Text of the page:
A recent article in the journal Cell Reports Sustainability has shown that Bitcoin mining operations globally consume more water annually than New York City, according to The Wall Street Journal. The estimated water consumption by Bitcoin miners is expected to surpass 591 billion gallons this year.
This figure notably exceeds the 403 billion gallons used by New York City in 2022, according to the U.S. Geological Survey.
The primary water usage in Bitcoin mining arises from the cooling needs of computer servers, both directly and indirectly through air conditioning systems in gas- and coal-fired power plants.
Topic of heated debate
Bitcoin's intensive use of resources extends beyond electricity to significant water consumption. The digital currency's operations require large data centers, which are increasingly demanding in terms of both electricity and water usage.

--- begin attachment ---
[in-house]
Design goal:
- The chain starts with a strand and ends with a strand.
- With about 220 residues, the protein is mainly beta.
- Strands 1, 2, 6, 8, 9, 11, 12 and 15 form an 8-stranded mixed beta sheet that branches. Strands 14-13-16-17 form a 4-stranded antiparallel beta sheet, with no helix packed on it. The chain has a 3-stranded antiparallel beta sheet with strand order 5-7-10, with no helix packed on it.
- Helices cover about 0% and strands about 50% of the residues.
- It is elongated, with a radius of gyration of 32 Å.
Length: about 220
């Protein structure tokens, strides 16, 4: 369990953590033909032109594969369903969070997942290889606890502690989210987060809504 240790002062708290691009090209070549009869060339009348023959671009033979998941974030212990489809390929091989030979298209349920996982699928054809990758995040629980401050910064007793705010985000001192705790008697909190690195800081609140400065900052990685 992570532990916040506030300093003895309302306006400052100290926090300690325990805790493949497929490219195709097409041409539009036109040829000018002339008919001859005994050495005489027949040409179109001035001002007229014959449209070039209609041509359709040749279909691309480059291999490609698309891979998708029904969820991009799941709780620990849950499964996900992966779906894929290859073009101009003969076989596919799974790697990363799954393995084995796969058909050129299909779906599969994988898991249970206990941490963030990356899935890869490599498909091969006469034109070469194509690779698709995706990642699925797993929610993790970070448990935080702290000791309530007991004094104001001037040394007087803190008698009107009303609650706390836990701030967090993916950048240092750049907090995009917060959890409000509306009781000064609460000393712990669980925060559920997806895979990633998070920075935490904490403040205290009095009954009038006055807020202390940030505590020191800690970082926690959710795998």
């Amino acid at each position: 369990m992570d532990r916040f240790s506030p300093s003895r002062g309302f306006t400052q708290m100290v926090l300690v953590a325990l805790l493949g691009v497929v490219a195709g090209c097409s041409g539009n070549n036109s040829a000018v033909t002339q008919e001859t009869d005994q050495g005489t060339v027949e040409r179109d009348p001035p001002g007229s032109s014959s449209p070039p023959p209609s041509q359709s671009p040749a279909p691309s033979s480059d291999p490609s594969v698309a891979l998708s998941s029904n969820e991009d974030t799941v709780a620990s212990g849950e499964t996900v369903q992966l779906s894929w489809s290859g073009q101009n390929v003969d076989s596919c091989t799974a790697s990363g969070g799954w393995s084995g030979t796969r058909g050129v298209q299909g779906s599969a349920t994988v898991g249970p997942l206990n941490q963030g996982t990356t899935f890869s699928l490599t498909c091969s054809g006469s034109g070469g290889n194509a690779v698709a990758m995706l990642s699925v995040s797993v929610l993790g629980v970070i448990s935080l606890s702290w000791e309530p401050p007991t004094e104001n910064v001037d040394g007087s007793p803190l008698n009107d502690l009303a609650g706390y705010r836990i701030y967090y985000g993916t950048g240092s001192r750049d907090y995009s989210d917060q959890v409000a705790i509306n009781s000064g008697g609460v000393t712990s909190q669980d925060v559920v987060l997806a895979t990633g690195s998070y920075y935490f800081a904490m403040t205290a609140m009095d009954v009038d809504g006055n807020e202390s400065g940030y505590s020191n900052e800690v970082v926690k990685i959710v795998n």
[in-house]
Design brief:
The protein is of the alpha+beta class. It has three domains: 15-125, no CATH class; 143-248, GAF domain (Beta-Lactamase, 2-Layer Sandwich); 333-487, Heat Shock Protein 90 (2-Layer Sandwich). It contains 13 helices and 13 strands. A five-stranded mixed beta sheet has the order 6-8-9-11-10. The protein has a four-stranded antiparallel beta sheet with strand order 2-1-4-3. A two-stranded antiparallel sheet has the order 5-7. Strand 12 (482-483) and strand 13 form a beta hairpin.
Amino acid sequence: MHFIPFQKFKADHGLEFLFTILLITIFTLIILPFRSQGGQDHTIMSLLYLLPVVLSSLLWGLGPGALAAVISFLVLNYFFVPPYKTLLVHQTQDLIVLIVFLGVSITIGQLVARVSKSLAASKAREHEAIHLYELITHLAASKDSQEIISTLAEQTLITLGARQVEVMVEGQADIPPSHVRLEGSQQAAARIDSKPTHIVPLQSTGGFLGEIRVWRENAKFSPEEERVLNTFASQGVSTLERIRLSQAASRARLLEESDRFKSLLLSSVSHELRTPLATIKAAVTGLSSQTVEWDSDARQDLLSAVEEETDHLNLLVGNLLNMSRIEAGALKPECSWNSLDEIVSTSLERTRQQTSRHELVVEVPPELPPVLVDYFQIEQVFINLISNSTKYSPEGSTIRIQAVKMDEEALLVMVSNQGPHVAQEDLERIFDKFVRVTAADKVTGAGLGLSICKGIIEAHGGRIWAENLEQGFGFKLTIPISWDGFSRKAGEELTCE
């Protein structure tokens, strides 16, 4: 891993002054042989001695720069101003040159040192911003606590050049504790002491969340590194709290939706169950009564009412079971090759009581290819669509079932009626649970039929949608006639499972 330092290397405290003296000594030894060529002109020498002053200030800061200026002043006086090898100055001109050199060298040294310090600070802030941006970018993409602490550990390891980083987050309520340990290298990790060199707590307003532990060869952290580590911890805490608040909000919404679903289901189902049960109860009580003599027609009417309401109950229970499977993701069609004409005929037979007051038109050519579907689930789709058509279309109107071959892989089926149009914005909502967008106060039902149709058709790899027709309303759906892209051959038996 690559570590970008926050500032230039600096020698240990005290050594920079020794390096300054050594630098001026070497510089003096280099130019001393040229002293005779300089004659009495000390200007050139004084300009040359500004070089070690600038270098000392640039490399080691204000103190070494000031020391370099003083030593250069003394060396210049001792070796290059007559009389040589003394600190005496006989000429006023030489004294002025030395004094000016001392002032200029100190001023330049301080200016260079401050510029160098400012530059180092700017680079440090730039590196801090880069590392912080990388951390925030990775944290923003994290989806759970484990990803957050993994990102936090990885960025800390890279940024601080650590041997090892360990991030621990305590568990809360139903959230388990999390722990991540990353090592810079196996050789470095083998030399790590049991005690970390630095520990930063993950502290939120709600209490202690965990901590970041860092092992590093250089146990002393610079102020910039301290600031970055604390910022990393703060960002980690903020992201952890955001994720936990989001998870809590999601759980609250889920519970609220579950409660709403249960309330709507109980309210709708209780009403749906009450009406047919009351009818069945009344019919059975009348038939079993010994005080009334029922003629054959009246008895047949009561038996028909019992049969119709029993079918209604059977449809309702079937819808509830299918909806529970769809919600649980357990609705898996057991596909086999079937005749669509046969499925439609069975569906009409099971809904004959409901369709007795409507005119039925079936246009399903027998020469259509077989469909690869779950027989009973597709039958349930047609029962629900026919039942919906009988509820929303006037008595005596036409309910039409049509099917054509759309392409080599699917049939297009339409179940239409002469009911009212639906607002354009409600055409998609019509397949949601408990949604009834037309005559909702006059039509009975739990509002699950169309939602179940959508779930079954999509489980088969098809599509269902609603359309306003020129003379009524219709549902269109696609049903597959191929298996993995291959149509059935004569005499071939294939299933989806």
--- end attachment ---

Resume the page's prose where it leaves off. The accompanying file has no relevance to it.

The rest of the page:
Critics, including environmental organizations, have raised concerns about the sustainability of Bitcoin mining. The debate centers around whether the energy and resource consumption of Bitcoin mining is justified by its utility.
The report's findings quickly became the topic of another heated debate. Critics like Stephen Diehl condemned Bitcoin as an environmentally harmful technology, while proponents like Daniel Batten challenged the accuracy of the aforementioned claims.
Batten argued that the methodology used in estimating Bitcoin's water usage was flawed, stressing the need for a more nuanced understanding of resource consumption in the context of renewable resources like water.
He pointed out that the indirect measurement of water use through electricity consumption does not accurately represent Bitcoin's actual water footprint.
Furthermore, Batten criticized the approach of correlating unrelated variables to draw exaggerated conclusions.